On 23 April 2019 the Dutch State Secretary of Finance has published a draft decree (the "Decree") and further guidance on the revised Dutch tax ruling practice for tax rulings with an international character ("international tax rulings"), expected to become effective as from 1 July 2019.
In his letter of 22 November 2018 (the "November Letter"), the Dutch State Secretary of Finance already announced and outlined on a high-level basis the revised Dutch tax ruling practice for international tax rulings (see also our Tax Alert of 27 November 2018). The Dutch State Secretary of Finance has now published the Decree and further guidance on this revised international tax ruling practice, which is largely in line with the November Letter. The guidance has been primarily provided in an annex to the Decree through certain illustrative examples (the "Examples"). After 1 July 2019, further guidance will also be provided by publishing anonymised summaries of cases that actually occur in practice.
We note that the revised practice in principle only applies to international tax rulings relating to Dutch corporate income tax, Dutch dividend withholding tax and the application of tax treaties.
Requirements to obtain an international tax ruling
Under the revised Dutch ruling practice, an international tax ruling can only be obtained by companies that have sufficient 'economic nexus' with the Netherlands. This new economic nexus concept replaces the (minimum) Dutch substance requirements that currently need to be met in certain cases to obtain a tax ruling. Based on this new economic nexus concept (i) the group of which the Dutch company requesting the ruling is part, should perform economic operational activities in the Netherlands and (ii) economic operational activities should be performed by or for the account and risk of the company in the Netherlands, for which activities sufficient relevant personnel is available in the Netherlands (and which should be proportional to the total personnel of the group that is relevant for the activities carried out by the company in the Netherlands).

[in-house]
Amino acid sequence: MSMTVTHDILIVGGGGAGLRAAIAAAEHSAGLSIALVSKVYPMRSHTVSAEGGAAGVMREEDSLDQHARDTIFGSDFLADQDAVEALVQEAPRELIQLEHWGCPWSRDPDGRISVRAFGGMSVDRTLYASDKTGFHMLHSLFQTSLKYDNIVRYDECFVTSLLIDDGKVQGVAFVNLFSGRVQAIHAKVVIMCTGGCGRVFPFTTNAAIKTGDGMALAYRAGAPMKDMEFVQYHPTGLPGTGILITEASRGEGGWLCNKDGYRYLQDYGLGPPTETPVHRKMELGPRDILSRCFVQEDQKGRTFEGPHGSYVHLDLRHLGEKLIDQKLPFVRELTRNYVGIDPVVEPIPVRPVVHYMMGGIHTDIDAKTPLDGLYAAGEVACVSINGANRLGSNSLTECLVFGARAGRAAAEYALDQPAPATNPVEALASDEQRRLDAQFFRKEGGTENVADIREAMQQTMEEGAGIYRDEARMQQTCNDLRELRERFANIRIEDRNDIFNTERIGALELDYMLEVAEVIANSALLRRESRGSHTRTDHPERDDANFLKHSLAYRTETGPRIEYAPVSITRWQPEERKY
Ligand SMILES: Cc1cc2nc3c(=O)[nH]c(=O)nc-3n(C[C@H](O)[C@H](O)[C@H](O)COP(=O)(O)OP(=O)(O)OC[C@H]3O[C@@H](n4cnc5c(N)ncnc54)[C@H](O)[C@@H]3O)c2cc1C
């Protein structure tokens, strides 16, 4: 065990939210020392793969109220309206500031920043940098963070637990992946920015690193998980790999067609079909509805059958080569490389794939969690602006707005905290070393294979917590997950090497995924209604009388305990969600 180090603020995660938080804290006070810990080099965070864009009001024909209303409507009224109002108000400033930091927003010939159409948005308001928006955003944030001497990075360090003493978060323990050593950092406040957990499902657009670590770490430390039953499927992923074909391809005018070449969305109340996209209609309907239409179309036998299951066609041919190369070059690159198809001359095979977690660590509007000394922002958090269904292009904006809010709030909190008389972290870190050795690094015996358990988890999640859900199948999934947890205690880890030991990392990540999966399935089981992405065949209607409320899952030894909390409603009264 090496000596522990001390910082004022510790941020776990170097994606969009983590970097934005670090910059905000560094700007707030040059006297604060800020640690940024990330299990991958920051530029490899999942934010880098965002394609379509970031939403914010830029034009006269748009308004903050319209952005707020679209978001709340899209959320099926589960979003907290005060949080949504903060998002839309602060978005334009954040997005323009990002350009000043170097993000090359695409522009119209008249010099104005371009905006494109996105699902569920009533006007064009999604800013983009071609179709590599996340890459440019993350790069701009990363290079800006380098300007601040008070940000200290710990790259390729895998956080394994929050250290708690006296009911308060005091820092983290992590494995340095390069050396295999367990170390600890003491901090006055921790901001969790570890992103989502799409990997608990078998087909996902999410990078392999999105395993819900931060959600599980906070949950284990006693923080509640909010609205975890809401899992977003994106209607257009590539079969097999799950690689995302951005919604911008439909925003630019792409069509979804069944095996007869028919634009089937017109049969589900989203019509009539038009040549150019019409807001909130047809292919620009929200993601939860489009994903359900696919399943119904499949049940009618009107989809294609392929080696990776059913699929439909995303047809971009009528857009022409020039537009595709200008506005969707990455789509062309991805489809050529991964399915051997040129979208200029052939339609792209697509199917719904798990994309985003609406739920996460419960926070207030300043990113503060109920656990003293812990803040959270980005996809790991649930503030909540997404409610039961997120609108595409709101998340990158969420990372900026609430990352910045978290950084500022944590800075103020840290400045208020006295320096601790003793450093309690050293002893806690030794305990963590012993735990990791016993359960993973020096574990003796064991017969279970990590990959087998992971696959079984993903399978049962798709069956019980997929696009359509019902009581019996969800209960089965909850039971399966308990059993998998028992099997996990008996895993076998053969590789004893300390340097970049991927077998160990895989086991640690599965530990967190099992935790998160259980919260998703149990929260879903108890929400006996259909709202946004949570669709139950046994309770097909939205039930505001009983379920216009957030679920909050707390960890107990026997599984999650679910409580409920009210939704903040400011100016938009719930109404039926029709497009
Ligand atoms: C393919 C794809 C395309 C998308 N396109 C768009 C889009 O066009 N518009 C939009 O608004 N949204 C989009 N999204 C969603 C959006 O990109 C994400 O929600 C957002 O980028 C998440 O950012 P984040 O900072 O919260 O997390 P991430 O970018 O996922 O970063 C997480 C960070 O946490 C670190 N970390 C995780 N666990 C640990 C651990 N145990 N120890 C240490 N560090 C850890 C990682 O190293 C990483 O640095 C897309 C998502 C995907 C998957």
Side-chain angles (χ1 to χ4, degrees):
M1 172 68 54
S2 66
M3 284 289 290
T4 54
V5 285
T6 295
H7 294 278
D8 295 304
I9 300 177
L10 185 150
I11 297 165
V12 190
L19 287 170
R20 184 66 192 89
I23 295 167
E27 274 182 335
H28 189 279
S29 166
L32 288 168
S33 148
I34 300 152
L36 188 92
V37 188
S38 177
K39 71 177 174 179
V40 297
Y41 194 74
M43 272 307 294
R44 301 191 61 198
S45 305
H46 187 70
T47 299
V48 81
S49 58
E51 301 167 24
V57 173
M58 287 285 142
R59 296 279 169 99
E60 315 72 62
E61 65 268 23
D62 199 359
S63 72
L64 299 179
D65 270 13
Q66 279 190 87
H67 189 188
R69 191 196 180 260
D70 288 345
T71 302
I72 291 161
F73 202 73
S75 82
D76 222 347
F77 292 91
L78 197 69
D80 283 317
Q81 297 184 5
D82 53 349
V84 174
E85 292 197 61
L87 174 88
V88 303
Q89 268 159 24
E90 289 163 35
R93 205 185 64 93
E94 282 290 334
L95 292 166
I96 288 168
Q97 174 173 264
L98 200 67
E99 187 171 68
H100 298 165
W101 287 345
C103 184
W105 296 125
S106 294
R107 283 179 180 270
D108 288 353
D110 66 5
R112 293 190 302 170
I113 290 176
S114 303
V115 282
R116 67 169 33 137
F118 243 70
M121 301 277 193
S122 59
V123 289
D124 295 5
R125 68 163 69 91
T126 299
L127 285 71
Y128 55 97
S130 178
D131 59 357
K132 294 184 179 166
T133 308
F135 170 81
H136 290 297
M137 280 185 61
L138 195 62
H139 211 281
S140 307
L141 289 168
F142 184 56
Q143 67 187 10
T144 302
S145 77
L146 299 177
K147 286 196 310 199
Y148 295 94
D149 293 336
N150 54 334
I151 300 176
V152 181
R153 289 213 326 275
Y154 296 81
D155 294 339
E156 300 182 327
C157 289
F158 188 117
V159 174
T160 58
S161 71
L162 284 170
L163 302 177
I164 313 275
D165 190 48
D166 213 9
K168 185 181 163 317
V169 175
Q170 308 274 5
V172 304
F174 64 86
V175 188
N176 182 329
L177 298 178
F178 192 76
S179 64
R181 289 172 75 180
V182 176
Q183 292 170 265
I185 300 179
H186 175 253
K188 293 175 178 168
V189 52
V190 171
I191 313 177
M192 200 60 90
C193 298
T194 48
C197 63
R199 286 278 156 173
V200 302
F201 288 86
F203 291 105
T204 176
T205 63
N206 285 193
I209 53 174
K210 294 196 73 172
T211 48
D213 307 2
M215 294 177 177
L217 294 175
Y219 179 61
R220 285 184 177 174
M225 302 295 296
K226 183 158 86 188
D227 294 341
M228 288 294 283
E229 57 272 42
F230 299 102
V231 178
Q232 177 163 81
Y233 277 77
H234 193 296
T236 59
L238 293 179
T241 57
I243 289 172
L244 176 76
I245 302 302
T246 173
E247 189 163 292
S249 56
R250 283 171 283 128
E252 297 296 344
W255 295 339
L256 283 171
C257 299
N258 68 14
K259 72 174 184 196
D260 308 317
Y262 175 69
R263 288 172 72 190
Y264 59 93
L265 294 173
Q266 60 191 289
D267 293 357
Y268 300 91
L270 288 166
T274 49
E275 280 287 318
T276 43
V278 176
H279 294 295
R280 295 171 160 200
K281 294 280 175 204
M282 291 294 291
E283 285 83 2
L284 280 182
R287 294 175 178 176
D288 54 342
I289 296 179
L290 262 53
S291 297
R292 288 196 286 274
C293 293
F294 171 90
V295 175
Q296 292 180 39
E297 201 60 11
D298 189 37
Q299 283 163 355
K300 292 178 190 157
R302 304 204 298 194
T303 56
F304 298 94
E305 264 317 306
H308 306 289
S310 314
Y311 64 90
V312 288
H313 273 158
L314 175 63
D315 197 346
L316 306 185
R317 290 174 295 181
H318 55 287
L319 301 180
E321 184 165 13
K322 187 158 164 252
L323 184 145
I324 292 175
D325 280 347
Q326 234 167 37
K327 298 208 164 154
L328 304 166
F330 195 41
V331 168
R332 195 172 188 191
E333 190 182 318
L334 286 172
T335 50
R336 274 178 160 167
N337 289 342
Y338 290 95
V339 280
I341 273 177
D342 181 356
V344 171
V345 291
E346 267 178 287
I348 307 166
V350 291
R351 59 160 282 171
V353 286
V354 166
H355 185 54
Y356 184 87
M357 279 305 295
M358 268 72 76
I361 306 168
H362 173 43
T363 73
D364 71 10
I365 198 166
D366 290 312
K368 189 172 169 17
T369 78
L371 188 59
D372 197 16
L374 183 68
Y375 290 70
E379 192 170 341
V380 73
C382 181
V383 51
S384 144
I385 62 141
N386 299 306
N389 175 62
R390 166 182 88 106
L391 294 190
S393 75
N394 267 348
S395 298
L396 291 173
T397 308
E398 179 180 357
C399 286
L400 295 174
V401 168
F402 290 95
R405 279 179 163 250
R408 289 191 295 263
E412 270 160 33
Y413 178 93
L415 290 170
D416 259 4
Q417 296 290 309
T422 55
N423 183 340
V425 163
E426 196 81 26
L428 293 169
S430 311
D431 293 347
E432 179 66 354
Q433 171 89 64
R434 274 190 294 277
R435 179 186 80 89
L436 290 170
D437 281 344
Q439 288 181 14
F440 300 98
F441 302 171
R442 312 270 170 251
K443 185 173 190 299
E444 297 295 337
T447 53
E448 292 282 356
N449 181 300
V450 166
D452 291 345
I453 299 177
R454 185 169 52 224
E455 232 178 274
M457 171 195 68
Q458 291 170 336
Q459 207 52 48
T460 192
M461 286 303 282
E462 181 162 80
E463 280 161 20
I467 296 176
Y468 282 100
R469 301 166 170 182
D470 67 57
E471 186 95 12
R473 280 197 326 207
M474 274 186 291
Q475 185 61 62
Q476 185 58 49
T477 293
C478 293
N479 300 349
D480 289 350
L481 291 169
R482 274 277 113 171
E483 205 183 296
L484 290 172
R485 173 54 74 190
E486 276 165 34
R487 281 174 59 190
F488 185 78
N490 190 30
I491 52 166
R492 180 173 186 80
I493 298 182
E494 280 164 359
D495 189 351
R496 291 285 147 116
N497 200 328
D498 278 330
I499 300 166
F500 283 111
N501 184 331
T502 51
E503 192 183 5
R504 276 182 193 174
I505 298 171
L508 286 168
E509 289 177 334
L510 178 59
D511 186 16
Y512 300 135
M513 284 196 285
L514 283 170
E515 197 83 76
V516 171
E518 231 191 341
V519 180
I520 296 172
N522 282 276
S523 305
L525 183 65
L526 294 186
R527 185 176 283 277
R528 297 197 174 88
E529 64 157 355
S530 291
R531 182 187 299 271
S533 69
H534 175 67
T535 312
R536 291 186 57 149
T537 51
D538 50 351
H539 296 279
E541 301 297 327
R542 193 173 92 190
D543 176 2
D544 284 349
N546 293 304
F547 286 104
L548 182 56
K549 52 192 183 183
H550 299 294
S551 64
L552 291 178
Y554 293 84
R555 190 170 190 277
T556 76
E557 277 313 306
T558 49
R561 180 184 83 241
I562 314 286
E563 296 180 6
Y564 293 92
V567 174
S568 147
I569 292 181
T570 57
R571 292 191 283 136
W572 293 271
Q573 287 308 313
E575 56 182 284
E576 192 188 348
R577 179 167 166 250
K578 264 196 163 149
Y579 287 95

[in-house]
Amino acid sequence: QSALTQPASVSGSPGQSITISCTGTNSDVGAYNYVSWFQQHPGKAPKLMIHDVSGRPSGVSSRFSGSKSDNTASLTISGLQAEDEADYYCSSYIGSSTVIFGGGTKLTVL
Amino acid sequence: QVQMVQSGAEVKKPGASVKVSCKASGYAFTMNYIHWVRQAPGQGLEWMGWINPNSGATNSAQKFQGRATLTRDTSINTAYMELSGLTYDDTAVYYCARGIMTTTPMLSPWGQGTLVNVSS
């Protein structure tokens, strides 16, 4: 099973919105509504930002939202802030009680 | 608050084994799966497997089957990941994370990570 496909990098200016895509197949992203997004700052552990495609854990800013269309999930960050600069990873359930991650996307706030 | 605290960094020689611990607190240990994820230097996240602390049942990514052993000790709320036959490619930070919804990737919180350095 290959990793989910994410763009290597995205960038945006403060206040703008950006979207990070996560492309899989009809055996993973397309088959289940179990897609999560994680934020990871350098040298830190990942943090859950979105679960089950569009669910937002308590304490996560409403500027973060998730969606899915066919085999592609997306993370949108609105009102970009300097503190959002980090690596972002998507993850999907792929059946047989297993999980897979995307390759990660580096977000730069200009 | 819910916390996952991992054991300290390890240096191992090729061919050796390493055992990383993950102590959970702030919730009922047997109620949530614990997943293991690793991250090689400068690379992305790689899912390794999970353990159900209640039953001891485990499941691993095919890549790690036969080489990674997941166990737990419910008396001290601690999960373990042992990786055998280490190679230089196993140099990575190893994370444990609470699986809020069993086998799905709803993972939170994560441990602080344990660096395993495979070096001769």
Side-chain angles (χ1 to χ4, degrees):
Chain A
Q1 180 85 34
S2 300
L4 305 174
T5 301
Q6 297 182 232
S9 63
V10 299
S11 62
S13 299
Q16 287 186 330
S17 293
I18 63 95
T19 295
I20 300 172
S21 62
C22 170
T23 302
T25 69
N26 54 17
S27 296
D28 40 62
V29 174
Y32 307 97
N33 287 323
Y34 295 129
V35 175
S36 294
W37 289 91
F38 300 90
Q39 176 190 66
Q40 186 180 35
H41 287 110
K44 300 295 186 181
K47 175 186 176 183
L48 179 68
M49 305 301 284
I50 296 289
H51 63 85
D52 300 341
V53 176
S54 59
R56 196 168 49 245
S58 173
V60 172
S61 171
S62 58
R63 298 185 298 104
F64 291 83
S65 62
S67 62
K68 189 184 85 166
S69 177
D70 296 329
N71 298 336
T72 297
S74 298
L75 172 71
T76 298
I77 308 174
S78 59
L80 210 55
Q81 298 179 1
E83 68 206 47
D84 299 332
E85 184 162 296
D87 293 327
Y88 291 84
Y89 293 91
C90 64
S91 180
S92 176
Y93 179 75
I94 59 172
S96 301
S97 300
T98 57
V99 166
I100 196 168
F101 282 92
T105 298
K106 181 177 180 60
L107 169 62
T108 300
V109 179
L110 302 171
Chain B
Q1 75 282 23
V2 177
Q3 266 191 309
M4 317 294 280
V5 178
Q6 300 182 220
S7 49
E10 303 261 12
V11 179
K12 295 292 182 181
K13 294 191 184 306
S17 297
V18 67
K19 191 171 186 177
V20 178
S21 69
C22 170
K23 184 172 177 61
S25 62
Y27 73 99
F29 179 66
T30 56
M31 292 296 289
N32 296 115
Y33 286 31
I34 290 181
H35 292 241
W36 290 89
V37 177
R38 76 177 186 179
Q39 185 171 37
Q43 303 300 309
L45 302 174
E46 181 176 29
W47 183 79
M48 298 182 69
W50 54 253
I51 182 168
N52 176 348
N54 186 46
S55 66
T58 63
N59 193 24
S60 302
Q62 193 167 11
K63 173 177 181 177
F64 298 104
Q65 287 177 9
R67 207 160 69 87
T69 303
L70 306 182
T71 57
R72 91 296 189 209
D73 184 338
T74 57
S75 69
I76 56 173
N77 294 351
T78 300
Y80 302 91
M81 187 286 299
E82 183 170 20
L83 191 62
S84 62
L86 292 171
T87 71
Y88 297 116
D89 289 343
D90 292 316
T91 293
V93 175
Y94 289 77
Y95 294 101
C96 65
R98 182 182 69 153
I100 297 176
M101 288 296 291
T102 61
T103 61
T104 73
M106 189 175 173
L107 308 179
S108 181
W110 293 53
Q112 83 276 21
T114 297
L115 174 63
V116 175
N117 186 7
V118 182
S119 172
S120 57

One of the Examples refers to a company performing operational activities in the Netherlands (a distribution centre), which company also receives and pays interest/royalties without having the corresponding operational functionality present. This company can obtain a ruling in respect of its operational distribution activities, but not for its intragroup interest/royalty activities because it has insufficient economic nexus in the Netherlands in relation to the latter activities.
Under current policy, an international tax ruling is not granted if the transaction for which the ruling is requested has the sole or the decisive motive to avoid Dutch taxes. After the revision, an international tax ruling will also be denied if the sole or decisive motive of the structure is to avoid foreign taxes.
One of the Examples refers to a Dutch company that borrows interest free from a related foreign party to generate a tax benefit. Based on the Dutch so-called "informal capital doctrine", the Dutch company would like to impute and deduct an at arm's length interest, despite the fact that no interest is actually paid. Assuming there is no corresponding taxable interest income at the level of the related foreign party (i.e. a transfer pricing mismatch), no ruling will be granted in respect of this financing structure, because the sole or decisive motive would be deemed to be international tax avoidance.